You blame Rongen for Freddy Adu’s horrible form? Again, gotta go back to the summer of ’07 when the Freddy Hype Machine started back up again in earnest. He killed it in that tournament. That’s literally the best he’s ever played. Who was the coach? Wait for it…yep, Rongen! And now he’s awful. How is that Rongen’s fault, again? Please explain.

    You blame him for Subotic switching “nationalities”? Do you mean national teams? True, perhaps his exclusion in the 2007 team contributed to Subotic’s decision to play for Serbia. But I would bet heavily that factors like actually being born there to parents who are from there had something to do with it as well. There’s also the fact that Serbia has a better national team than we do. Those things don’t matter to you, though. It’s all Rongen’s fault.

    As for the discussion of whether Danny Cruz has any sort of ability, can we please end it? He doesn’t. It’s literally impossible to develop proper technique if you start playing the game at the age Cruz did. He’s a wonderful athlete, but to think that he has any sort of national team future beyond the three games the US plays in this tournament is silly.

    Apologies for the long post. I’m not even a Rongen fan, necessarily. You just spouted some of the most ridiculous s**t i’ve ever read on this website (and believe me, this site is full of ridiculous s**t, top to bottom), I felt compelled to respond the way I did.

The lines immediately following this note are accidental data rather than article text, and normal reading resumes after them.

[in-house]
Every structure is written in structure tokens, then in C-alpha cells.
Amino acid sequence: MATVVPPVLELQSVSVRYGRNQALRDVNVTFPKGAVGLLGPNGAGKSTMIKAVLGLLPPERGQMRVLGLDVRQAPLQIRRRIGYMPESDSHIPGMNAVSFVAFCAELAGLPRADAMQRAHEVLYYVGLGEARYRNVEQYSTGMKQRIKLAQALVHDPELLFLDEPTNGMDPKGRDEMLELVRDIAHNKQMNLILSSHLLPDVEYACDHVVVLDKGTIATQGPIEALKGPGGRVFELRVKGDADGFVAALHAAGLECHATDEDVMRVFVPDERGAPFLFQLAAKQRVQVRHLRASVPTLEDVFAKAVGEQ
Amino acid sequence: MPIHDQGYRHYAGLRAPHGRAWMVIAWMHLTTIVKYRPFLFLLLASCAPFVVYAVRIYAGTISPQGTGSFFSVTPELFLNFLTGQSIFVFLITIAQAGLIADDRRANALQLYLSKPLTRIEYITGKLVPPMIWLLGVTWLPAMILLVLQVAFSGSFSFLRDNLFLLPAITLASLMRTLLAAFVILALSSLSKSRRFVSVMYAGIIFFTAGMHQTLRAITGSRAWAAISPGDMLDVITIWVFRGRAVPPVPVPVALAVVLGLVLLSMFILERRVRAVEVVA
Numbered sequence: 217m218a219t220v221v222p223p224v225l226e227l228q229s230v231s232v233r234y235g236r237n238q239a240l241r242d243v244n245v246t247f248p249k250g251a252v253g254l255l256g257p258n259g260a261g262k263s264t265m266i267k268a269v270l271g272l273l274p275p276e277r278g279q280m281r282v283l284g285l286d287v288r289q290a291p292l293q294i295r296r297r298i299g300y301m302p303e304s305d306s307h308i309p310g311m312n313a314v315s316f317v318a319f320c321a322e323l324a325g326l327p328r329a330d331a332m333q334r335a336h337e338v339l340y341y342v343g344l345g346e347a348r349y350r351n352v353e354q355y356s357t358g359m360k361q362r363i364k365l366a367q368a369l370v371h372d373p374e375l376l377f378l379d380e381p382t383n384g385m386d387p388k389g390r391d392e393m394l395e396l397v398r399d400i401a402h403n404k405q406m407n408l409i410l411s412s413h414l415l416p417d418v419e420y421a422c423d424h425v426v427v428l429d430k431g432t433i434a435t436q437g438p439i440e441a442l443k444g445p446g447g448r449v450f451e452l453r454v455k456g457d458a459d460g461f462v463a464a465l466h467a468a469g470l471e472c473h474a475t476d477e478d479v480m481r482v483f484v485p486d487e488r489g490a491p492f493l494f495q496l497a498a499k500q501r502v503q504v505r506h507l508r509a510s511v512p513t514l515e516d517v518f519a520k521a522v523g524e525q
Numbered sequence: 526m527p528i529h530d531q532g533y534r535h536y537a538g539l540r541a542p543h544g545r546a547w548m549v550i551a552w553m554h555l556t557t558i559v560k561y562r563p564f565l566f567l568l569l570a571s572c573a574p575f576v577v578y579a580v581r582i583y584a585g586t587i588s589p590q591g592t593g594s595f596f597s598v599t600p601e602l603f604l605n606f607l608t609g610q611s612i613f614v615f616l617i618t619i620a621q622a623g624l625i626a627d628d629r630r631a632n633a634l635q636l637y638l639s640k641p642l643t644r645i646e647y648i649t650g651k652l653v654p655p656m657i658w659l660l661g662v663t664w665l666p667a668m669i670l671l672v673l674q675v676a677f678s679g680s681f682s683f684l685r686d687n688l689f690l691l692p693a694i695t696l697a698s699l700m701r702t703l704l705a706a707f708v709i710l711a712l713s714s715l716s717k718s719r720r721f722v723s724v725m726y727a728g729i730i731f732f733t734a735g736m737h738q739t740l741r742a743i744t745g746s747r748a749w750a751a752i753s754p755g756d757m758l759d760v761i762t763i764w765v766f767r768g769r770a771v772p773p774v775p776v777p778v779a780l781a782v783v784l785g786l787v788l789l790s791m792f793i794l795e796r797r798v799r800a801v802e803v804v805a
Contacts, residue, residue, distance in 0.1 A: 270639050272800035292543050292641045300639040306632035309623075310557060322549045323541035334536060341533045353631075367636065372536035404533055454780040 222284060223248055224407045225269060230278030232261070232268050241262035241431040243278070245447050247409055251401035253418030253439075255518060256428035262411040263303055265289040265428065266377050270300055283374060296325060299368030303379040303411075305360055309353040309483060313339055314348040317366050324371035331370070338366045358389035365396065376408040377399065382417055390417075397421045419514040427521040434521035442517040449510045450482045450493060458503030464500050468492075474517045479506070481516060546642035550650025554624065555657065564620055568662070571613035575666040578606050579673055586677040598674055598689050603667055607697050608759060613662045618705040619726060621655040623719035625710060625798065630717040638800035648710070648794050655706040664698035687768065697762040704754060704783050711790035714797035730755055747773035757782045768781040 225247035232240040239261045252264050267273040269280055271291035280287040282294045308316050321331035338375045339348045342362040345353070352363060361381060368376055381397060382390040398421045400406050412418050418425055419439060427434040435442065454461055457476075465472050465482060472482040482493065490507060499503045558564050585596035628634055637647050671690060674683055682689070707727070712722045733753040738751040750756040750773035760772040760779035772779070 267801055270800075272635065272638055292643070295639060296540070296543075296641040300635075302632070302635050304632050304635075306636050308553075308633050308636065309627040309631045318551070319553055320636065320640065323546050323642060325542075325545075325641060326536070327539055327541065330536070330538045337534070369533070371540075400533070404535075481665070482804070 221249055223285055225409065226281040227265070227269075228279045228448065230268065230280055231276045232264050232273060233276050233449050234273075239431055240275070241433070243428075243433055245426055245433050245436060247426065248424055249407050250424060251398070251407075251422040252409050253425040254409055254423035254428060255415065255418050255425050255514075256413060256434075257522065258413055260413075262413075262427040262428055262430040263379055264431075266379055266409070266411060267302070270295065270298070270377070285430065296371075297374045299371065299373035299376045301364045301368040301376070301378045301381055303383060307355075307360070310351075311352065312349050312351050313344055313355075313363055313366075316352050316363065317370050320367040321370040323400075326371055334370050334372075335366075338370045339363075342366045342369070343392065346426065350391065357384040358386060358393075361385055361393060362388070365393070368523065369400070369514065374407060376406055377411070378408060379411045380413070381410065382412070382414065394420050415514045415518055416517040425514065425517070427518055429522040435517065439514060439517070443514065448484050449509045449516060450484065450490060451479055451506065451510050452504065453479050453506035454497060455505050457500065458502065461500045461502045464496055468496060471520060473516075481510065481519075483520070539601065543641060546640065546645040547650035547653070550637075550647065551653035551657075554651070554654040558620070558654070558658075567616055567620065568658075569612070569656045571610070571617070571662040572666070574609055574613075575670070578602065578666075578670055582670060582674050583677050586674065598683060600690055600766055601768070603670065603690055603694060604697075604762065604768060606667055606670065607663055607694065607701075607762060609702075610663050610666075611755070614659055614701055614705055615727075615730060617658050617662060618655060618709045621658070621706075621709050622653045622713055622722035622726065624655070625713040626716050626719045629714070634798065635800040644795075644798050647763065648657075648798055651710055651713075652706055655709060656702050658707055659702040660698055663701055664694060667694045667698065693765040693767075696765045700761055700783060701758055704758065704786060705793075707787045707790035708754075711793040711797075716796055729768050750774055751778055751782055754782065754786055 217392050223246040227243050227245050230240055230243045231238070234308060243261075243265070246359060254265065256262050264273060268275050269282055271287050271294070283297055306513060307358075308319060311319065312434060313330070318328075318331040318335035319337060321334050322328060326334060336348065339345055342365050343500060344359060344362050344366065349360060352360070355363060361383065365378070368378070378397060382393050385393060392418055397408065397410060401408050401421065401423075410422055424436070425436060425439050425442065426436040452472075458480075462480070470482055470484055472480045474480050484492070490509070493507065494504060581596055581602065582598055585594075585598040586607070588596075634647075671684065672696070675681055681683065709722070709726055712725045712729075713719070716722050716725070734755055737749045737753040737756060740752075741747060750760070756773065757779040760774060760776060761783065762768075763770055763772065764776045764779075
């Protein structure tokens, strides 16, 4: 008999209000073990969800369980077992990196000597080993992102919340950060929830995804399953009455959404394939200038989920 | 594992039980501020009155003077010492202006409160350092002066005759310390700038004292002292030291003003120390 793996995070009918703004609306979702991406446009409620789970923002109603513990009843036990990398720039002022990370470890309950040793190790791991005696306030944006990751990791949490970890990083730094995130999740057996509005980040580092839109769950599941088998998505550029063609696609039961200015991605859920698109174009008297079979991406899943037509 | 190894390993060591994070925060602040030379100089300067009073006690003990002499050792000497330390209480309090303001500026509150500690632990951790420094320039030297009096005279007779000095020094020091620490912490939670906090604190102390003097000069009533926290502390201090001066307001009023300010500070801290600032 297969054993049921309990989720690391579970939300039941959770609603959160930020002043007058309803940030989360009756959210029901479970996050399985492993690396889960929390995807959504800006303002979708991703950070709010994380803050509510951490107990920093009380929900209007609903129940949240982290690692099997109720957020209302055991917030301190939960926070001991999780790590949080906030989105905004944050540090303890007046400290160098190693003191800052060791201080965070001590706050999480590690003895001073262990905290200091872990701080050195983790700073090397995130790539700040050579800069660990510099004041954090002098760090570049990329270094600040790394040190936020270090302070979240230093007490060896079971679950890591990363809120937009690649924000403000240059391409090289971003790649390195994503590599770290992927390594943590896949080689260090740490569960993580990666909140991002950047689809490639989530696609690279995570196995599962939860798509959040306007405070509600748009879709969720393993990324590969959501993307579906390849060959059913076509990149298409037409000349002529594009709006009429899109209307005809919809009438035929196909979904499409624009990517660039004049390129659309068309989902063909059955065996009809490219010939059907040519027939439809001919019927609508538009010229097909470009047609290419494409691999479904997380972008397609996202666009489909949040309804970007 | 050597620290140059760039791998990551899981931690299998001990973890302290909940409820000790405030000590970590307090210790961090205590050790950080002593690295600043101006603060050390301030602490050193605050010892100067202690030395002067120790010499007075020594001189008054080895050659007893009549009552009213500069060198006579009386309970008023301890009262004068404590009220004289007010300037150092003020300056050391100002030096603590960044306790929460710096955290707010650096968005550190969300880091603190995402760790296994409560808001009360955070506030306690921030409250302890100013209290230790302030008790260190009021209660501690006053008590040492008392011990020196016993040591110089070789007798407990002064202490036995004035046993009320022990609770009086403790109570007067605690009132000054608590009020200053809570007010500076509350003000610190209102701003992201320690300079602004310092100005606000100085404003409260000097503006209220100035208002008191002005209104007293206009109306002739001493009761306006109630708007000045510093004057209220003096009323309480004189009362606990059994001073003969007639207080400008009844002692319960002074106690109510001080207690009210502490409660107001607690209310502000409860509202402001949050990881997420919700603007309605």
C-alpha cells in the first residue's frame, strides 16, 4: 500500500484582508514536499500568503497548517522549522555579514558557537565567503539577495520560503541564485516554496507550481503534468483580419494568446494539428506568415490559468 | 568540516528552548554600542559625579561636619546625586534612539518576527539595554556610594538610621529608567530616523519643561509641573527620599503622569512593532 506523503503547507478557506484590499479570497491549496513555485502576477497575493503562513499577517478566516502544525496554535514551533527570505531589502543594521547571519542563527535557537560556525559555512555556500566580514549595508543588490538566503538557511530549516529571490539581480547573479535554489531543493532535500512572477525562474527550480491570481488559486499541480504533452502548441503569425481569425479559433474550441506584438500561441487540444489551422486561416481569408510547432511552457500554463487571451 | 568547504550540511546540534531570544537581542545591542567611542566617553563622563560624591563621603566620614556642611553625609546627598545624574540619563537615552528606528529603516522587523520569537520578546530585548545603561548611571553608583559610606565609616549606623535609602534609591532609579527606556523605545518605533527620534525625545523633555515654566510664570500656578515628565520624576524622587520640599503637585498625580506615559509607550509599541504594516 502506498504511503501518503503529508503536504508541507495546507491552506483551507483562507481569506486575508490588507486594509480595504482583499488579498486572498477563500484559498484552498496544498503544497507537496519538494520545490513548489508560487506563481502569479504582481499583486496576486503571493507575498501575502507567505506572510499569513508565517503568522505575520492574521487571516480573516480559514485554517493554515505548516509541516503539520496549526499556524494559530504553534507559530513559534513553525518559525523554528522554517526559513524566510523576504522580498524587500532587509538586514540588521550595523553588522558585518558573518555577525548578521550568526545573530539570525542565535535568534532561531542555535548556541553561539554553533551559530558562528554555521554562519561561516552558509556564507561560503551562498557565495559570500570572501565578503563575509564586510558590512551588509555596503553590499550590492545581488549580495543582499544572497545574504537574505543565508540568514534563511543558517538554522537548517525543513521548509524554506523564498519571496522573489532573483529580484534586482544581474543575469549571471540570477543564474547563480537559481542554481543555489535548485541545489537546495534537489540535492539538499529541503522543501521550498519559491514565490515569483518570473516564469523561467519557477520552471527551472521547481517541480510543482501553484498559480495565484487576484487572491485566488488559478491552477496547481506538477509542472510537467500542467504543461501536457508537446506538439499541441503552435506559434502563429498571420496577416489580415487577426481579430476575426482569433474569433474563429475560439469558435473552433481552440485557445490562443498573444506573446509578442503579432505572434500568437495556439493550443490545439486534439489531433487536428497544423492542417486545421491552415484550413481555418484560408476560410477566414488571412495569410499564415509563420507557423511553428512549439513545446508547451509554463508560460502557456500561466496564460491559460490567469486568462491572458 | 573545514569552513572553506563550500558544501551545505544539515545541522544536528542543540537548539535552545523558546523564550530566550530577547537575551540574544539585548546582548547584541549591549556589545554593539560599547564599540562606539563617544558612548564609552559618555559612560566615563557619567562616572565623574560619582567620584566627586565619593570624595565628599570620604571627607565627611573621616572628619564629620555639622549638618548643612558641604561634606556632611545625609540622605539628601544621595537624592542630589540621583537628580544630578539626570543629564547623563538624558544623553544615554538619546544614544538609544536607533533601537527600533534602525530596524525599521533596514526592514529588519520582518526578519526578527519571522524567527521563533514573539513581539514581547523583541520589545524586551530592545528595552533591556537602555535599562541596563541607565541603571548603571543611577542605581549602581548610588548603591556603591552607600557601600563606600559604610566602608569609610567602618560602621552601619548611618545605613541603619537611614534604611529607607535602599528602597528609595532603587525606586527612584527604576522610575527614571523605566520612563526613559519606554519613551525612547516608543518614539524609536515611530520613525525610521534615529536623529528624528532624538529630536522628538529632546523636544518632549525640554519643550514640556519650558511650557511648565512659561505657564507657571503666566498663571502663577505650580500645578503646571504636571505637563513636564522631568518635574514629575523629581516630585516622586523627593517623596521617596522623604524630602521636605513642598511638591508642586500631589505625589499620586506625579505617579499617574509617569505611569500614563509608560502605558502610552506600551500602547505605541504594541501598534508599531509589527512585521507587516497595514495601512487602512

• Scott A

    jig, Mike Caramba used Dax McCarty–a professional–as an example of Rongen having a preference for college players over professionals. You seemed to think that he was saying that McCarty’s appearances in any form were unwarranted and that he’s not quality. I believe he was saying that he should have been starting instead of coming in as a substitute. Just clarifying


  • cam000

    Someone suggested Ownby and Powers don’t belong on the squad. If that is the case – who is in their place? As I recall (but couldn’t find match details) Ownby was man of the match in one of the lead up games/tournaments and tallied once or twice. He’s also been on the squad all along. Did he have his best game – probably not but, saying he or another guy doesn’t deserve a spot is at best harsh but most likely misinformed.


  • Mike Caramba

    @jig – Your point about the Germans is well taken. I shouldn’t have even brought it up.

    But your response to my Dax argument shows you missed the point entirely. I’m not questioning Dax’s abilities. I’m not suggesting he played poorly in the tourney. I’m simply saying that if a coach makes the same sub repeatedly, regardless of the scoreline, opponent, the run of play, etc., it leads me to believe that he went into those games planning on making that sub. This means he’s not managing the game. Every coach has prefered subs, and I’m familiar with the concept of the super sub, but when these players enter and for whom they enter is largely dependent on circumstance (i.e. they aren’t entering in the 58-68th minute of every game).